The British Isles are blessed with some incredible Neolithic sites and many remarkable archeologic finds can be admired in museums and exhibitions. However, nowhere have I ever felt as connected to Neolithic times as I did at Will Lord’s ‘Grimes Graves Ultimate Flint Knapping Experience’.
Let me try to explain why.
1.) First, it starts with a big question mark. There is the site itself, about contemporary to Stonehenge. After climbing down 49 feet into the amazingly spacious shaft of the Greenwell Pit, one of more than 400 pits (only 2 are open now), I couldn’t avoid asking ‘how on Earth did they move all this material – and, for that matter, more than 400 times over?’ Perhaps this is in in analogy to ‘how did they carry the bluestones all the way from Wales to Stonehenge?’ In both cases, the answer probably lies in a high level of organisation – but it is still difficult to grasp. And even more puzzling, why would they do this? There is plenty of flint at this site that is far easier to reach.
2.) Once at the bottom, we started crawling into some of the accessible tunnels (definitely not spacious – people with claustrophobia may have to limit themselves to some areas) and soon enough we found traces of the ancient miners, like marks that their (stone) tools left on the walls and the marks that their hands left (!) on their tools. The tools in this case were modified deer antlers that were used as a sort of pickaxes. Those antlers still are right there where the miners last handled them some 4 thousand years ago, but largely untouched ever since. The stuff is right in front of you – absolutely amazing! We know a lot about prehistory through archaeology and other research, but we will never know the personal stories of these people who lived at a time and space far before the advent of writing. I believe, this is a close as we ever get to these prehistoric people and I felt a sense of connection that is simply beyond words.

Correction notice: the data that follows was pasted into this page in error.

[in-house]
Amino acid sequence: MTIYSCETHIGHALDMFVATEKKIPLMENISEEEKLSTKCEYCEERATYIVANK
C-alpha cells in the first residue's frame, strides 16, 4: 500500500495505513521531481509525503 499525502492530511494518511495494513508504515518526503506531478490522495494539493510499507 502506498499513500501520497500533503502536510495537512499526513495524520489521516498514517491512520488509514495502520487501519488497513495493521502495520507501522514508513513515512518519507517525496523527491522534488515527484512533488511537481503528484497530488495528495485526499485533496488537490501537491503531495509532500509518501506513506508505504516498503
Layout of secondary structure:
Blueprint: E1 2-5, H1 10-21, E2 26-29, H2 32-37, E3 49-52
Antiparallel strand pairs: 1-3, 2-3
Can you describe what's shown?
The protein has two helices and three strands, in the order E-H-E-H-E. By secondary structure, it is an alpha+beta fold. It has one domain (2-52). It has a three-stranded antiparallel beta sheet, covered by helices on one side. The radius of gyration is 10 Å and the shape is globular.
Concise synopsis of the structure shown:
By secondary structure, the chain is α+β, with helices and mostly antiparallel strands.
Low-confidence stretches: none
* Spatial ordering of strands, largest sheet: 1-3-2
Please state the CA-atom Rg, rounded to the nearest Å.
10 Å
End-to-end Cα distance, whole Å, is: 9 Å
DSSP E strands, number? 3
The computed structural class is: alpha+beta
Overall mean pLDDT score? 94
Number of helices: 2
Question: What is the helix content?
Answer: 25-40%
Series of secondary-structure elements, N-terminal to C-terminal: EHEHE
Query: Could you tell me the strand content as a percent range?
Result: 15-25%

3.) And then there is Will Lord. He simply has the right touch to introduce a handful of visitors per year to all of this in a proper and very dignified manner. Afterwards, at his place, he showed us how the mined flint was transformed into a tool, such as an axe. The skilled flint knappers were almost certainly not same people as the miners because a high level of specialization had already emerged at this time. Will Lord’s own skills are nothing short of breath-taking. If he had a time machine and went back to Neolithic times, I believe he’d be ‘hired on the spot’ as a senior flint knapper! While creating the tool right in front of our eyes, he explained at various steps how flint knapping evolved from Mesolithic and even earlier times to the late Neolithic period. I guess, the Neolithic period was something like the Renaissance age of flint knapping. Reminiscent to modern luxury products of certain watch or automobile manufactures, those craftspeople created tools far beyond of what was simply needed. Likewise, the miners ignored 2 flint layers at shallower depths and, for that matter, ignored the significant amount of flint at the surface that was used by their early ancestors. Instead they went for priced top-quality stuff in perilous depth. It all started to make some sense now, intellectually but also emotionally.
Final question, did I learn how to flint knap? Let’s just say, in Neolithic times, I probably would have been a miner. That’s o.k. – but some others did better than me.